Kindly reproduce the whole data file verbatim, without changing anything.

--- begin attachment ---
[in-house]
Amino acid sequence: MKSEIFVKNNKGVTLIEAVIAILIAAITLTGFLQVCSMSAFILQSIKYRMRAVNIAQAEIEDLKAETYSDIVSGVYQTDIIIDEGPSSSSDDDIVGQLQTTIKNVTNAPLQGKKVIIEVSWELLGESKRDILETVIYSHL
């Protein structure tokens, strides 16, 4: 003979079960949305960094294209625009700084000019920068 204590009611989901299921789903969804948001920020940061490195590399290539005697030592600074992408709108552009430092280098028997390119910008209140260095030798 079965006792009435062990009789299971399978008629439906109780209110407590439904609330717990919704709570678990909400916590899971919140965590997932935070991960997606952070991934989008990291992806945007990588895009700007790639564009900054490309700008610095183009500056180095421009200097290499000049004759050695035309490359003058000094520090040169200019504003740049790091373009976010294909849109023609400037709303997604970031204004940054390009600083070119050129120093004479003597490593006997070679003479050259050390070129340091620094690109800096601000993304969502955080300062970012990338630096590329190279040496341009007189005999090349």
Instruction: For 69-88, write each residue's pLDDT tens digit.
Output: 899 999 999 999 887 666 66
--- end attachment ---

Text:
[in-house]
Amino acid sequence: MKSEIFVKNNKGVTLIEAVIAILIAAITLTGFLQVCSMSAFILQSIKYRMRAVNIAQAEIEDLKAETYSDIVSGVYQTDIIIDEGPSSSSDDDIVGQLQTTIKNVTNAPLQGKKVIIEVSWELLGESKRDILETVIYSHL
């Protein structure tokens, strides 16, 4: 003979079960949305960094294209625009700084000019920068 204590009611989901299921789903969804948001920020940061490195590399290539005697030592600074992408709108552009430092280098028997390119910008209140260095030798 079965006792009435062990009789299971399978008629439906109780209110407590439904609330717990919704709570678990909400916590899971919140965590997932935070991960997606952070991934989008990291992806945007990588895009700007790639564009900054490309700008610095183009500056180095421009200097290499000049004759050695035309490359003058000094520090040169200019504003740049790091373009976010294909849109023609400037709303997604970031204004940054390009600083070119050129120093004479003597490593006997070679003479050259050390070129340091620094690109800096601000993304969502955080300062970012990338630096590329190279040496341009007189005999090349």
Instruction: For 69-88, write each residue's pLDDT tens digit.
Output: 899 999 999 999 887 666 66